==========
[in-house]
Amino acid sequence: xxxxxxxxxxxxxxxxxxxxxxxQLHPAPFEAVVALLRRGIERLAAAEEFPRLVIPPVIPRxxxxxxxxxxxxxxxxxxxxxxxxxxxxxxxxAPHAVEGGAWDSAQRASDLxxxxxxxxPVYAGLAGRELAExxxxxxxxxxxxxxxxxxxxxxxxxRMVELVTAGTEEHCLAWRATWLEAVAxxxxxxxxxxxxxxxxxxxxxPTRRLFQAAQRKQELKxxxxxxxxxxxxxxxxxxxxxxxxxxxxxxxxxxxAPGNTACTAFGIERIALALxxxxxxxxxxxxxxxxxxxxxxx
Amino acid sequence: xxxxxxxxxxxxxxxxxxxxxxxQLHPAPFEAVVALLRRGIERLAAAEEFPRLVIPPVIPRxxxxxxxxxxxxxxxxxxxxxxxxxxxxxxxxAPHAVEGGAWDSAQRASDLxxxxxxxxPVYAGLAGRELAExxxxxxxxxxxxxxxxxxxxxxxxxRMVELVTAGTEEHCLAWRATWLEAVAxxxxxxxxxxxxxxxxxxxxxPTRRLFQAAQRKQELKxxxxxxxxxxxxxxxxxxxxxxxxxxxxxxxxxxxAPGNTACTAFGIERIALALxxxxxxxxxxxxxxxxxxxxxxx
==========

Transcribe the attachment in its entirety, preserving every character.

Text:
[in-house]
Amino acid sequence: xxxxxxxxxxxxxxxxxxxxxxxQLHPAPFEAVVALLRRGIERLAAAEEFPRLVIPPVIPRxxxxxxxxxxxxxxxxxxxxxxxxxxxxxxxxAPHAVEGGAWDSAQRASDLxxxxxxxxPVYAGLAGRELAExxxxxxxxxxxxxxxxxxxxxxxxxRMVELVTAGTEEHCLAWRATWLEAVAxxxxxxxxxxxxxxxxxxxxxPTRRLFQAAQRKQELKxxxxxxxxxxxxxxxxxxxxxxxxxxxxxxxxxxxAPGNTACTAFGIERIALALxxxxxxxxxxxxxxxxxxxxxxx
Amino acid sequence: xxxxxxxxxxxxxxxxxxxxxxxQLHPAPFEAVVALLRRGIERLAAAEEFPRLVIPPVIPRxxxxxxxxxxxxxxxxxxxxxxxxxxxxxxxxAPHAVEGGAWDSAQRASDLxxxxxxxxPVYAGLAGRELAExxxxxxxxxxxxxxxxxxxxxxxxxRMVELVTAGTEEHCLAWRATWLEAVAxxxxxxxxxxxxxxxxxxxxxPTRRLFQAAQRKQELKxxxxxxxxxxxxxxxxxxxxxxxxxxxxxxxxxxxAPGNTACTAFGIERIALALxxxxxxxxxxxxxxxxxxxxxxx